12 November 2014

The Labour Party is claiming that fire brigade response times have increased in London following the closure of 10 fire stations and the removal of 13 engines.

In 2013, it took an average of five minutes and 19 seconds for a fire engine to arrive at an emergency incident in London. Labour claim that this increased to five minutes and 30 seconds in 2014.

Fiona Twycross, Labour's fire spokeswoman on the London Assembly, commented: "Fires can take hold in seconds, that's why any increase in response times can be so dangerous.

“As a result of Mayor Boris Johnson's decision to close 10 fire stations and with the removal of a further 13 fire engines, even when they are not needed for strike cover, we have seen response times rise in over half of the capital's wards.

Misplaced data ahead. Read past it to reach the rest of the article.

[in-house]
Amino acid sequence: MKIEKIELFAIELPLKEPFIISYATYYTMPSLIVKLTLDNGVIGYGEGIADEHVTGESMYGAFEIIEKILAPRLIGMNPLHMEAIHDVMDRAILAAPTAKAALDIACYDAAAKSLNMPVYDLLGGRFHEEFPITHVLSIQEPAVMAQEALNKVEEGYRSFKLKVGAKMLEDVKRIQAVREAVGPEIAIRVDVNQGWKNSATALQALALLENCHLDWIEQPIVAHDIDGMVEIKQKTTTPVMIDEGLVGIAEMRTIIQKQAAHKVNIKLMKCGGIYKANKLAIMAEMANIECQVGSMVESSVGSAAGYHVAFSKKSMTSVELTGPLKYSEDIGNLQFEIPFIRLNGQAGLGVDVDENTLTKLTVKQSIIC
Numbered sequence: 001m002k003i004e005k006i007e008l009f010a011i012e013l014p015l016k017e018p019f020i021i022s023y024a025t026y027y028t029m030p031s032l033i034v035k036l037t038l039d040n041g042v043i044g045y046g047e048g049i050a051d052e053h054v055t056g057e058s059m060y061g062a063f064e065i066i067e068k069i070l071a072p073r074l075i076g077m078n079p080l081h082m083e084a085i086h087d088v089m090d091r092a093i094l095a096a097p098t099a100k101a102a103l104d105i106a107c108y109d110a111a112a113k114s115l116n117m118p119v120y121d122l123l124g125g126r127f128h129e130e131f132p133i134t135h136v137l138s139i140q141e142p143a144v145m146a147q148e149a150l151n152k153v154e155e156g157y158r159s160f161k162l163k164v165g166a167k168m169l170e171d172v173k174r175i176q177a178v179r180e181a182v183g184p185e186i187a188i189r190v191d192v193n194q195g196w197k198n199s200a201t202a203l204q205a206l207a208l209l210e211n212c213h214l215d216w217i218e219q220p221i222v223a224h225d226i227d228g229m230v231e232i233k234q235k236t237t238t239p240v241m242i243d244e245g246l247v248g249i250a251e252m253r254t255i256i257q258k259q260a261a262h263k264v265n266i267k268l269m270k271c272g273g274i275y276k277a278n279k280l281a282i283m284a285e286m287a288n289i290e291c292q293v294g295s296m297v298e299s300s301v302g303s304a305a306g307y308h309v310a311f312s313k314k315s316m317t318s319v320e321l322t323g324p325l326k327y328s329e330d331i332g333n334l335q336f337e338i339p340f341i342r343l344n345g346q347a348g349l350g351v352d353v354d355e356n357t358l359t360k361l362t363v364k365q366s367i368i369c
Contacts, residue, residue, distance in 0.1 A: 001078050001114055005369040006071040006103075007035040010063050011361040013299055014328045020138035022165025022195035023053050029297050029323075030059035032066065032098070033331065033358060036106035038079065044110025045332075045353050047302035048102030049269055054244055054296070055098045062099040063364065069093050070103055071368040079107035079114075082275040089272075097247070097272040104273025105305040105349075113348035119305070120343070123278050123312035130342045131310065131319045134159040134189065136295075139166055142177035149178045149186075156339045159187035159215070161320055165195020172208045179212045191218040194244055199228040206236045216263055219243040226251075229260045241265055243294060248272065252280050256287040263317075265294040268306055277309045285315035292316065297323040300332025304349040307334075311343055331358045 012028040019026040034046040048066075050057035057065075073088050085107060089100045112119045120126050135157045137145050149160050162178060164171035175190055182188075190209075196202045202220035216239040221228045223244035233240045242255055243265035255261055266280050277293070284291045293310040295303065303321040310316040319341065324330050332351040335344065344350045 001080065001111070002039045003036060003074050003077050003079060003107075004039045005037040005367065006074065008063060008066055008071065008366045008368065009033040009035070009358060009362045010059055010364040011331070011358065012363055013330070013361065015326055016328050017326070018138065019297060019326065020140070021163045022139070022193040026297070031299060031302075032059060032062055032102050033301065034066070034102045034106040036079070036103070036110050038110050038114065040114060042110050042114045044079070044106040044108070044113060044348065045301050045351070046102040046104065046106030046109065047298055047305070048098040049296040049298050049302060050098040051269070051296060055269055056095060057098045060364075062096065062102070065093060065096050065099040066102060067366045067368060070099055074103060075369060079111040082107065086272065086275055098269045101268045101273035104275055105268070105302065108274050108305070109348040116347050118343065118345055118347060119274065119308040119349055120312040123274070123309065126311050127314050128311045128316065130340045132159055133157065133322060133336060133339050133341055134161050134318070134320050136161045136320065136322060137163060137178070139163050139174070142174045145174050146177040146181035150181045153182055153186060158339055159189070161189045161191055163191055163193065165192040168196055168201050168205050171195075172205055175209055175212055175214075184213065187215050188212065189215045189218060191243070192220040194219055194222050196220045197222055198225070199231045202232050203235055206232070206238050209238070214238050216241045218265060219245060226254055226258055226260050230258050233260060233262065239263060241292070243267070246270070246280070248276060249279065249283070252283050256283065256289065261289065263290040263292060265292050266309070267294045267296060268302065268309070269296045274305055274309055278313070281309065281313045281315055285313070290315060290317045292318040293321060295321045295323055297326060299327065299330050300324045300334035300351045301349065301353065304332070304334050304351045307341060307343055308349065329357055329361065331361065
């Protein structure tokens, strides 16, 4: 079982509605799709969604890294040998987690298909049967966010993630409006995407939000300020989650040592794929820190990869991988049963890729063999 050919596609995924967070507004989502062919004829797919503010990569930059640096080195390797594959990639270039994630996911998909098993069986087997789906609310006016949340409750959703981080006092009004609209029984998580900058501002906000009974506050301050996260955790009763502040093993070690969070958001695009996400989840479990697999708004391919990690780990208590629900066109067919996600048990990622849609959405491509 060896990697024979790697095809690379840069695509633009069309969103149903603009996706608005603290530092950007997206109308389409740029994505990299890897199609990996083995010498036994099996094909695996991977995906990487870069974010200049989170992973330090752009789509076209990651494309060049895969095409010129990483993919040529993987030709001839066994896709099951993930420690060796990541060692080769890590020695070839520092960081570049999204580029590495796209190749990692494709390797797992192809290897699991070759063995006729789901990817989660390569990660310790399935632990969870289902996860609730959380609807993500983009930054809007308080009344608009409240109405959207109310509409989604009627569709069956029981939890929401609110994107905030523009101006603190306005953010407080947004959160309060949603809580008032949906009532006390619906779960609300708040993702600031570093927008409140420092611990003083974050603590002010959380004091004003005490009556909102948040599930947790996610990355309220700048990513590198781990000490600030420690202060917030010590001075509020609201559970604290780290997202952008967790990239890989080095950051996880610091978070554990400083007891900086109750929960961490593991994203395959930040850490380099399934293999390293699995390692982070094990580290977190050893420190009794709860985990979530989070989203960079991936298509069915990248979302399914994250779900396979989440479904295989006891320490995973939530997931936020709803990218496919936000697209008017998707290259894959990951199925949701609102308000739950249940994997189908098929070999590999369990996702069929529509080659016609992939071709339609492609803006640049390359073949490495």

"Londoners will be deeply concerned that since the closures it could take significantly longer for a fire engine to reach their home. These latest figures show that in most of London's wards it will now take longer to get to fires than it did last year.”

Commercial buildings, non-domestic and multi-occupancy premises in England and Wales are already forced to undertake a 'suitable and sufficient' fire risk assessment carried out under the Regulatory Reform (Fire Safety) Order 2005.

While the overwhelming majority of premises do this, if the assessment is thought to have been carried out to an insufficient extent, the Responsible Person can face an unlimited fine or up to two years in prison.